Tuesday, February 10, 2009

The evil empire of WalMart

Well!.. I!.. Never!..

Charles Platt decided to go undercover and investigate the inner cobweb of the evil empire that WalMart is. Here’s the report.

As TRS says, if you want to make a liberal mad, work hard and smile.

You have to wonder, then, why the store has such a terrible reputation, and I have to tell you that so far as I can determine, trade unions have done most of the mudslinging. Web sites that serve as a source for negative stories are often affiliated with unions. Walmartwatch.com, for instance, is partnered with the Service Employees International Union; Wakeupwalmart.com is entirely owned by United Food and Commercial Workers International Union. For years, now, they’ve campaigned against Wal-Mart, for reasons that may have more to do with money than compassion for the working poor. If more than one million Wal-Mart employees in the United States could be induced to join a union, by my calculation they’d be compelled to pay more than half-billion dollars each year in dues.

Anti-growth activists are the other primary source of anti-Wal-Mart sentiment. In the town where I worked, I was told that activists even opposed a new Barnes & Noble because it was "too big". If they're offended by a large bookstore, you can imagine how they feel about a discount retailer.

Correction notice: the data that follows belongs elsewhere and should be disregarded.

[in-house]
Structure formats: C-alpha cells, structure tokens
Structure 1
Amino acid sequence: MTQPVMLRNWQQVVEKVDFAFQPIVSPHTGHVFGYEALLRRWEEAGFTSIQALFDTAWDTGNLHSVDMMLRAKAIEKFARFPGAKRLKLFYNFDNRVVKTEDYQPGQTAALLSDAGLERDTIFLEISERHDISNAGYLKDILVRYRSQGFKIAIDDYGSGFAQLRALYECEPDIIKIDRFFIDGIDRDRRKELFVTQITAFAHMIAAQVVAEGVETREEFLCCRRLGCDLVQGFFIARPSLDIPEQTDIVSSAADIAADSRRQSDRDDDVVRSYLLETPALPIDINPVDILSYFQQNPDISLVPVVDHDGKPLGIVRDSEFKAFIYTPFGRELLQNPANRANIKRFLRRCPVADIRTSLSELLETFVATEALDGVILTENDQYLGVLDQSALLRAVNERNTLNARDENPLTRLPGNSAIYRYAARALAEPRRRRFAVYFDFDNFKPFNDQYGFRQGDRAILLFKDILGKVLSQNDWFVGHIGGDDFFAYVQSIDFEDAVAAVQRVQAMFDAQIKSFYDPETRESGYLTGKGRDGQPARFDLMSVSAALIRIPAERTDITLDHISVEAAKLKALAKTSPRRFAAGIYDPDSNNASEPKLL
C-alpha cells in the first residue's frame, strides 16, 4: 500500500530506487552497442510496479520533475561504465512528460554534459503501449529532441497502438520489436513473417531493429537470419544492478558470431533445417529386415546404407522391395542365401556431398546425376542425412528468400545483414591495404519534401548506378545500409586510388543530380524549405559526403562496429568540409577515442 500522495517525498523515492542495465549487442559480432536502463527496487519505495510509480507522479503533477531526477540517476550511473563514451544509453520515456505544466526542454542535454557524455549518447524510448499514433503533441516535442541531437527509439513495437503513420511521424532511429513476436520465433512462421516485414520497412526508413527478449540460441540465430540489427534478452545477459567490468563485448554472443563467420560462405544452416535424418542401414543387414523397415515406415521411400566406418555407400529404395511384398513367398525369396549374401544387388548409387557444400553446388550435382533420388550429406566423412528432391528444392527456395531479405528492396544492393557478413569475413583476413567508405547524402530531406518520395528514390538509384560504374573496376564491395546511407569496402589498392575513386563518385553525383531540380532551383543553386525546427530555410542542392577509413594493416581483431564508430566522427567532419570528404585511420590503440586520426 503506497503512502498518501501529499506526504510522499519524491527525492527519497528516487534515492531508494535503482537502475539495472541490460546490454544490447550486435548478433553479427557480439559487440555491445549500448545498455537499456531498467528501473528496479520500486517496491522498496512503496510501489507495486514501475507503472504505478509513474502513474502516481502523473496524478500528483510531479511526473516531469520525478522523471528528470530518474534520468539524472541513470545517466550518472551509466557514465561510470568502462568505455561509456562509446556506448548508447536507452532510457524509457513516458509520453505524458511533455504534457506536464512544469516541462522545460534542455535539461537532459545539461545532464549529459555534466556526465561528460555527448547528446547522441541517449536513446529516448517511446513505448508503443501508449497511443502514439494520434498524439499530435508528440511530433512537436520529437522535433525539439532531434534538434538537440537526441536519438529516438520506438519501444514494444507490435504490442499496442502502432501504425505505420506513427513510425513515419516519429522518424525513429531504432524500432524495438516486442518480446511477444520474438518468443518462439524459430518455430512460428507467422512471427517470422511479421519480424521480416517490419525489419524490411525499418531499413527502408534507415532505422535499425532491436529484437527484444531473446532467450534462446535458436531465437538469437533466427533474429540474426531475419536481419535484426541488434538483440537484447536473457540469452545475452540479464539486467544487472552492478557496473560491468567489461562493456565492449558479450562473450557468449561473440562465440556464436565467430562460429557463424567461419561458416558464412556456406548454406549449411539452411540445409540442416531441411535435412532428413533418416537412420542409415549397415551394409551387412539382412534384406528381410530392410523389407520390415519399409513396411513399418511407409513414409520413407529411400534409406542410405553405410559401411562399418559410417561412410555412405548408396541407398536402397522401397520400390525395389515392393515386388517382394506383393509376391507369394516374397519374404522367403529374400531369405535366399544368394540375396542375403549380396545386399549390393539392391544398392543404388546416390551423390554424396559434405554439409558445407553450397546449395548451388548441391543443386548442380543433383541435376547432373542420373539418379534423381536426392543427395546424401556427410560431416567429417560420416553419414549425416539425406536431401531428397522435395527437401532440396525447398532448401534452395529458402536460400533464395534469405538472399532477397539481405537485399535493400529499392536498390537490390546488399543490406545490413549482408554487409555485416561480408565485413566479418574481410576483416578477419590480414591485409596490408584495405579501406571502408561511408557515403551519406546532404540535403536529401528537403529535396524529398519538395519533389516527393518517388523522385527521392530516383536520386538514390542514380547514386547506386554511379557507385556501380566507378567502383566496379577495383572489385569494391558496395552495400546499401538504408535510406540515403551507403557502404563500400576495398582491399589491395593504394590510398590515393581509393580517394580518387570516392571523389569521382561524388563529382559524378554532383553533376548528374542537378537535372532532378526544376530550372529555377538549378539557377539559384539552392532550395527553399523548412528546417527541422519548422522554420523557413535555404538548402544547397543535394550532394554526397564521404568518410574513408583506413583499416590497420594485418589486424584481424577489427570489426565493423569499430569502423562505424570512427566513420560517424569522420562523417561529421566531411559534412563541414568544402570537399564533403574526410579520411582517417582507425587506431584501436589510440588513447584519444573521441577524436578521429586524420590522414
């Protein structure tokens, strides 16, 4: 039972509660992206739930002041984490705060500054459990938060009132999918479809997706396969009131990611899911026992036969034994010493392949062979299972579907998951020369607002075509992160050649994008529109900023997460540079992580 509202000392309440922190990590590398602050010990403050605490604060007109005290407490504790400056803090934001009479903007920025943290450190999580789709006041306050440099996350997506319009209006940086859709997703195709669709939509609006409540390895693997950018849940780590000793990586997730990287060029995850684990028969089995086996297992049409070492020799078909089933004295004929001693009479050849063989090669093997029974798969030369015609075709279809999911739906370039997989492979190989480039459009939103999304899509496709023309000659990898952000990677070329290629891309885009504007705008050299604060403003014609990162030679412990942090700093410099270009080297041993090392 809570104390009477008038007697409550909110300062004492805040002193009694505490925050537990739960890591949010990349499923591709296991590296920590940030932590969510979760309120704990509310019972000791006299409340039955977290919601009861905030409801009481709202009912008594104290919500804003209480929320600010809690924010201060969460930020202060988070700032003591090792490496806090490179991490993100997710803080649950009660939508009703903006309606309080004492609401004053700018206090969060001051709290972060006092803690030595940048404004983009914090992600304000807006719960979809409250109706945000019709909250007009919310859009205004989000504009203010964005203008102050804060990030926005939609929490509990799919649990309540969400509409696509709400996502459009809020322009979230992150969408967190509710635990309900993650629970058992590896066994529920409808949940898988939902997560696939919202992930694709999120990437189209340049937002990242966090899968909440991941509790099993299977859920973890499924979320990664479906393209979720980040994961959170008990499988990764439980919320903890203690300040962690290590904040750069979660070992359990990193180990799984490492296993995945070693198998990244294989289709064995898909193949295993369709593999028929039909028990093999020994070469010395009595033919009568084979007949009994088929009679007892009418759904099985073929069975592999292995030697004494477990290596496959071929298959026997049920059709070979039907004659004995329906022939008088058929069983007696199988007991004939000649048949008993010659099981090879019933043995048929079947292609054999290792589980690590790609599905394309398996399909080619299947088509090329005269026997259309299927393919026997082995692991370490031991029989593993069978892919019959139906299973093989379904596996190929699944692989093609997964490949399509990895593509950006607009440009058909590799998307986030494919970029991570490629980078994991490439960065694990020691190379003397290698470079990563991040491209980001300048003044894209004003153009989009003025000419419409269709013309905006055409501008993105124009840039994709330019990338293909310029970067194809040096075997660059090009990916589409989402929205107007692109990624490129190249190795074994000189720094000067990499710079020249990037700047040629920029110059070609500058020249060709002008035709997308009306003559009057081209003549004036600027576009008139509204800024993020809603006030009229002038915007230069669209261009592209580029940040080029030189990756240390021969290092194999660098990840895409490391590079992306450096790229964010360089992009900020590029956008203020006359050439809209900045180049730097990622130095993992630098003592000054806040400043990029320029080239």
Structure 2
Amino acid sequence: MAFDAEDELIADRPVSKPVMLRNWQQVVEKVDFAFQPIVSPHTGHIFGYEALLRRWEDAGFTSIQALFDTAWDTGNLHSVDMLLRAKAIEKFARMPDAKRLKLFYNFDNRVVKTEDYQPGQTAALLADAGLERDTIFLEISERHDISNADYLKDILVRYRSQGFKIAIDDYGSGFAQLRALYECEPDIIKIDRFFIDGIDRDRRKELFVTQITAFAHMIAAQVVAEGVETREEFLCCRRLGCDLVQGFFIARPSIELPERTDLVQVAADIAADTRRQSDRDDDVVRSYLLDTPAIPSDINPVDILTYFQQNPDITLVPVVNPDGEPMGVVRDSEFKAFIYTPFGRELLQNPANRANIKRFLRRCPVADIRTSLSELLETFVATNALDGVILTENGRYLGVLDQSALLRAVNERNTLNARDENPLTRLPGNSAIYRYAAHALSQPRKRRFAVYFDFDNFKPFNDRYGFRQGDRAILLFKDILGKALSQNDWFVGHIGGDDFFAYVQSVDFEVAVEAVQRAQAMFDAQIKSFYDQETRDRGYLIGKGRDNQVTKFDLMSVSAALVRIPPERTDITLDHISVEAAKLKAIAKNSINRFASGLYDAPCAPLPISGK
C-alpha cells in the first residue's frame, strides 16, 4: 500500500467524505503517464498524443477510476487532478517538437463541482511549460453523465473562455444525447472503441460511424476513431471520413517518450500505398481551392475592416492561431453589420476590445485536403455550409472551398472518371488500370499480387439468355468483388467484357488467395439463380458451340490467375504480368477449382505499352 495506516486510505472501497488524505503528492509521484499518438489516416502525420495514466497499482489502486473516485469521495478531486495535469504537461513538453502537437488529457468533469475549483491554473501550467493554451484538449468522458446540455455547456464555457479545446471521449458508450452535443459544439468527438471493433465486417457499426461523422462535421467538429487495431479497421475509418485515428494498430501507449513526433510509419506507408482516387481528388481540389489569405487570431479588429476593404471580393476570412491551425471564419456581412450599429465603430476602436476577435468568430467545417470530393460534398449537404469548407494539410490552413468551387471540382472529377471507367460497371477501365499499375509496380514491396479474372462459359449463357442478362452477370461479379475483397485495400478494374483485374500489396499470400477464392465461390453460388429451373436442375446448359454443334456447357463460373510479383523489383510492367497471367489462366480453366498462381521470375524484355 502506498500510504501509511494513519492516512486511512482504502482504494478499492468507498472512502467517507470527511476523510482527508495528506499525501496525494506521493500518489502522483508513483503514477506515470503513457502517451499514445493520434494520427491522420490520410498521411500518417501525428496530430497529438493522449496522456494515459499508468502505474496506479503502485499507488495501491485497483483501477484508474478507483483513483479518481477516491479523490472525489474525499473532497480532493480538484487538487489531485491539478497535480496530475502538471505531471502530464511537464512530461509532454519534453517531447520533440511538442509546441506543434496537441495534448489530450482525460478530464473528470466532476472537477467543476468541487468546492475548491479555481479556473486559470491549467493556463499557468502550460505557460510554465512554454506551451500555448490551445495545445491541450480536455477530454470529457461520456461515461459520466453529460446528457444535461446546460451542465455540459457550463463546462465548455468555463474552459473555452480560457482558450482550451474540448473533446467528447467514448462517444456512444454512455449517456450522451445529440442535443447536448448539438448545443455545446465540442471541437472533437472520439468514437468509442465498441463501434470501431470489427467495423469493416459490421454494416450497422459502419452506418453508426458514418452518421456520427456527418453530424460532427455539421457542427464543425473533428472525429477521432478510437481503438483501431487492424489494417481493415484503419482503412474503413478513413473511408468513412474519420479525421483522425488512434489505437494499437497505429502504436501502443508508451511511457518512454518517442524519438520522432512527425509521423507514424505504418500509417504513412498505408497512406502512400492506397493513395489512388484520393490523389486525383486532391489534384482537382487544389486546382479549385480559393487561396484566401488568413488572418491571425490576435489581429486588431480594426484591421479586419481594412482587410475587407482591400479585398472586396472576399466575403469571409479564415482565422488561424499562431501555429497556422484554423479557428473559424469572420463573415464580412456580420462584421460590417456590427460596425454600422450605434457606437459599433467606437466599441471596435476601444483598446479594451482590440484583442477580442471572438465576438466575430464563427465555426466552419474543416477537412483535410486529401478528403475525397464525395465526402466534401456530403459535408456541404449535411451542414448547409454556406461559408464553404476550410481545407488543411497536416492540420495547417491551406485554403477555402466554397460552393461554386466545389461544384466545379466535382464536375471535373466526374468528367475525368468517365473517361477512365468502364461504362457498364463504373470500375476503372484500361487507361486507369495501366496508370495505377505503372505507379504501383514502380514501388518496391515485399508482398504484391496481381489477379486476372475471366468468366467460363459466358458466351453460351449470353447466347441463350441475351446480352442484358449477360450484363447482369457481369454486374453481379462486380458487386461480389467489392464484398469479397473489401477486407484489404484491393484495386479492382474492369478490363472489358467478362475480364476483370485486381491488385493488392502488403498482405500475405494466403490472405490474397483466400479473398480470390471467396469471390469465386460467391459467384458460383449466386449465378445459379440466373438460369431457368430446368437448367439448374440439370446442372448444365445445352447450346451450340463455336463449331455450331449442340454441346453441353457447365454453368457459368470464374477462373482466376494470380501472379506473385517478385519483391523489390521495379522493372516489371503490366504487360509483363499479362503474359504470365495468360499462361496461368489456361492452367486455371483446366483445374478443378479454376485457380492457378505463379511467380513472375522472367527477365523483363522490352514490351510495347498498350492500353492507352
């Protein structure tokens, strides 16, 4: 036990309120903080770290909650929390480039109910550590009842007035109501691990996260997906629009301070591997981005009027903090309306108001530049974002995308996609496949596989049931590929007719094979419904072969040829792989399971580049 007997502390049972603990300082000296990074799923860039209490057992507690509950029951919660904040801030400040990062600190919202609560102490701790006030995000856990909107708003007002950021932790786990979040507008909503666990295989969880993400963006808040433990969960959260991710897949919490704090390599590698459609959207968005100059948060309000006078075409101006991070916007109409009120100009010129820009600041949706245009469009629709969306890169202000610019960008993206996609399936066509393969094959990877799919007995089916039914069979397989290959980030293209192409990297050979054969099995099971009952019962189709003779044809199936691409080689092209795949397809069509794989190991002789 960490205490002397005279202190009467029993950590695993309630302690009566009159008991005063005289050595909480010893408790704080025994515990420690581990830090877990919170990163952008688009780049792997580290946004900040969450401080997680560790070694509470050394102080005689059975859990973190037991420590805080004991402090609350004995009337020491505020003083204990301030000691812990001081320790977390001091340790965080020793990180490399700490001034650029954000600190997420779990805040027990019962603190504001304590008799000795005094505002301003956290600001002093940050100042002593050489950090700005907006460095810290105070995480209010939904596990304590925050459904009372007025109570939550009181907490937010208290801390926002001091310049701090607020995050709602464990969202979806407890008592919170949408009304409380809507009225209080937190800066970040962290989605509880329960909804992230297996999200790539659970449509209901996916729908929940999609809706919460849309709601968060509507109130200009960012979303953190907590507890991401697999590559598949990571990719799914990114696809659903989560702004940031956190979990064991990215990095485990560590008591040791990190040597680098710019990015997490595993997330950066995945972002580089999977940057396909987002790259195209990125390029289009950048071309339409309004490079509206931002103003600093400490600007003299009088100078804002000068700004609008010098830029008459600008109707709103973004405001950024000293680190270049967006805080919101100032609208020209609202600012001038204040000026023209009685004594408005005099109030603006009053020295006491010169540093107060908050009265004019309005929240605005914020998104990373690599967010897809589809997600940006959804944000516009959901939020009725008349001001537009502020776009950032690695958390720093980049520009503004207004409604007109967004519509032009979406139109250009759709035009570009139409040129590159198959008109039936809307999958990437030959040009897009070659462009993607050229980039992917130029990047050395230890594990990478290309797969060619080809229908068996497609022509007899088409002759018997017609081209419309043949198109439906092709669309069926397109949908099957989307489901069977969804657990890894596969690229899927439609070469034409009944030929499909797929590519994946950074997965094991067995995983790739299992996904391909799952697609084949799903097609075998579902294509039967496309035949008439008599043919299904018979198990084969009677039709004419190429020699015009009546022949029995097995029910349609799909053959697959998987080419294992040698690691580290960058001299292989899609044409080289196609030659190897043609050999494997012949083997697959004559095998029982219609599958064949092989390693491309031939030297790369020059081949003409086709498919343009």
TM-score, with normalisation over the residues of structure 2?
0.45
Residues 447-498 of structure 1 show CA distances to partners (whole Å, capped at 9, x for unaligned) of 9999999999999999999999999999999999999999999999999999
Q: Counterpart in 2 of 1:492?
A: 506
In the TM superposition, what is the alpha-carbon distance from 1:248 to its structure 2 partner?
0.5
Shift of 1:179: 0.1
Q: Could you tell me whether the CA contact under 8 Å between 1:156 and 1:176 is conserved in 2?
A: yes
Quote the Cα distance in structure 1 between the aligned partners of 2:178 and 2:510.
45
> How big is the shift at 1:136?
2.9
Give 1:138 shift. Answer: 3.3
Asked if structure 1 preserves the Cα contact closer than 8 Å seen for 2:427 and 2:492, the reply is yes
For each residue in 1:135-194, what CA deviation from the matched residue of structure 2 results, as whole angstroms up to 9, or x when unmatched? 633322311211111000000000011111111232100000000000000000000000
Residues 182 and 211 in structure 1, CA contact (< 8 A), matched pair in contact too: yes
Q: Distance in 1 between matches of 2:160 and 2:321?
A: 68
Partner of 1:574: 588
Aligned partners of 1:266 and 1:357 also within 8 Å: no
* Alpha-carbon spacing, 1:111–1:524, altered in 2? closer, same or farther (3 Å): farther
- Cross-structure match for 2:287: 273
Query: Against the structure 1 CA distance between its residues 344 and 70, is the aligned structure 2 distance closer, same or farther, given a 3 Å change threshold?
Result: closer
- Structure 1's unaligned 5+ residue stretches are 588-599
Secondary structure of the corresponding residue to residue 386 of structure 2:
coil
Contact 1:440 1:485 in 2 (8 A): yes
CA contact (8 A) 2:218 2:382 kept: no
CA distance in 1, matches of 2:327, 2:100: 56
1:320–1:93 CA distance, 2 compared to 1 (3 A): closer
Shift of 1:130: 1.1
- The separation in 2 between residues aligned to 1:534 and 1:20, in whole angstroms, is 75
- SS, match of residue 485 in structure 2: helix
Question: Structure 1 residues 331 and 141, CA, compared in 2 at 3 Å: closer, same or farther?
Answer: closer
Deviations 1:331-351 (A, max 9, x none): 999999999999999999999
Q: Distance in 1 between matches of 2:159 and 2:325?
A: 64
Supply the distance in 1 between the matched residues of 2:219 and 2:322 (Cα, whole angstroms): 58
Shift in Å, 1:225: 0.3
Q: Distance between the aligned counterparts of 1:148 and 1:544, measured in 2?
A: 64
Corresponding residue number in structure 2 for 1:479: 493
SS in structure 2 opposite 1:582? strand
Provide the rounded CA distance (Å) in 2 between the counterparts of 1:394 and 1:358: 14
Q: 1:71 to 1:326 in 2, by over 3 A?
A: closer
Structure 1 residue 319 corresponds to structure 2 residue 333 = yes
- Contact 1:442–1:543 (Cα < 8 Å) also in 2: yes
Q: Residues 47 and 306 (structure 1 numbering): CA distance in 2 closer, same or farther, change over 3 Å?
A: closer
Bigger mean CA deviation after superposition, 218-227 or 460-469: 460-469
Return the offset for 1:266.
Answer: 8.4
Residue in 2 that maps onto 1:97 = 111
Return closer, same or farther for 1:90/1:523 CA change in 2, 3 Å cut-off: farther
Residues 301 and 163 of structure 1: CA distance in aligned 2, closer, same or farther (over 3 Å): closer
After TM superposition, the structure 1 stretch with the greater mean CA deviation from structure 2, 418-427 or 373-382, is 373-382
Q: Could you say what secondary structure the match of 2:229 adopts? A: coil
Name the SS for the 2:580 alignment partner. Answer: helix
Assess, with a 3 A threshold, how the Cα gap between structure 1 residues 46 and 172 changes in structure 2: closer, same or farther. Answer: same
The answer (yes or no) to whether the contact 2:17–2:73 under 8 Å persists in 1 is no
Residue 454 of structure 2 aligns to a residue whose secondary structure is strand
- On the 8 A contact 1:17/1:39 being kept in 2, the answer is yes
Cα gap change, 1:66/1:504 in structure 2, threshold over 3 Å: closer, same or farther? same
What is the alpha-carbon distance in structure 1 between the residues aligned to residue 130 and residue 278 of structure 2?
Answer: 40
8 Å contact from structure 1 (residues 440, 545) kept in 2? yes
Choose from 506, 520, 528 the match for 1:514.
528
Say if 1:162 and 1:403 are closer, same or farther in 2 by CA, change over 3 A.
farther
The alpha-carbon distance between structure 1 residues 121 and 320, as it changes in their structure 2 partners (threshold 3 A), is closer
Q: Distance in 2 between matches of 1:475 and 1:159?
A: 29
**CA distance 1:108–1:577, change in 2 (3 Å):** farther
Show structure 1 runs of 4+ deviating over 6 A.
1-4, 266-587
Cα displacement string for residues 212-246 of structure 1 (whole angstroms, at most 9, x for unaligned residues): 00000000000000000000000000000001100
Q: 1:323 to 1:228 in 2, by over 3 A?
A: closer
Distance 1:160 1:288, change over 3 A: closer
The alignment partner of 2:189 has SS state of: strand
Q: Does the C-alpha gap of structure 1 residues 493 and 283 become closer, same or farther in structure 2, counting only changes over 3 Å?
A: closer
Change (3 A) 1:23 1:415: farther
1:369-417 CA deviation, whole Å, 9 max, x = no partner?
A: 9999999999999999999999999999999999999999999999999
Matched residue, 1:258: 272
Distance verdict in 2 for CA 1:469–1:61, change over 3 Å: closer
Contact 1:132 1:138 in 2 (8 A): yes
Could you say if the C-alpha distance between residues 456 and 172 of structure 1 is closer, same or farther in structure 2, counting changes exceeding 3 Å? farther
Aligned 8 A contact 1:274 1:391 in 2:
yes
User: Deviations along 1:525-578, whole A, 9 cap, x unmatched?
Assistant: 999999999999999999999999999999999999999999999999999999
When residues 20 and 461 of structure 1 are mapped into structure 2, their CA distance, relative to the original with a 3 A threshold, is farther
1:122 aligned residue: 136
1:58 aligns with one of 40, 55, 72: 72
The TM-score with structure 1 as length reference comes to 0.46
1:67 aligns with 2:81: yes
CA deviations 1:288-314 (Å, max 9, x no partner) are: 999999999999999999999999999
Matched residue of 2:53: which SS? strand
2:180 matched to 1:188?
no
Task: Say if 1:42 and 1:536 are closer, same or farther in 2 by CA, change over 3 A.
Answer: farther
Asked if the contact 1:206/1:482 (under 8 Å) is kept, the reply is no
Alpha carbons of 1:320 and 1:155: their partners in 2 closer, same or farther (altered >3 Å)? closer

The argument, of course, is that smaller enterprises cannot compete. My outlook on this is hardcore: I think that many of the "mom-and-pop" stores so beloved by activists don't deserve to remain in business.

When I first ventured from New York City to the American heartland, I did my best to patronize quaint little places on Main Street and quickly discovered the penalties for doing so. At a small appliance store, I wasn't allowed to buy a microwave oven on display. I had to place an order and wait a couple of weeks for delivery. At a stationery store where I tried to buy a file cabinet, I found the same problem. Think back, if you are old enough to do so, and you may recall that this is how small-town retailing used to function in the 1960s.

As a customer, I don't see why I should protect a business from the harsh realities of commerce if it can't maintain a good inventory at a competitive price. And as an employee, I see no advantage in working at a small place where I am subject to the quixotic moods of a sole proprietor, and can never appeal to his superior, because there isn't one.

By the same logic, I see no reason for legislators to protect Safeway supermarkets with ploys such as zoning restrictions, which just happen to allow a supermarket-sized building while outlawing a Wal-Mart SuperCenter that's a few thousand square feet bigger.

Based on my experience (admittedly, only at one location) I reached a conclusion which is utterly opposed to almost everything ever written about Wal-Mart. I came to regard it as one of the all-time enlightened American employers, right up there with IBM in the 1960s. Wal-Mart is not the enemy. It's the best friend we could ask for.

1 comment:

LE7 said...

In 11th grade we had to write an essay about whether "Wal-Mart was good or bad for small towns."

Talk about biased. Anyways I wrote from a Pro-Wal-Mart stance. Woohoo.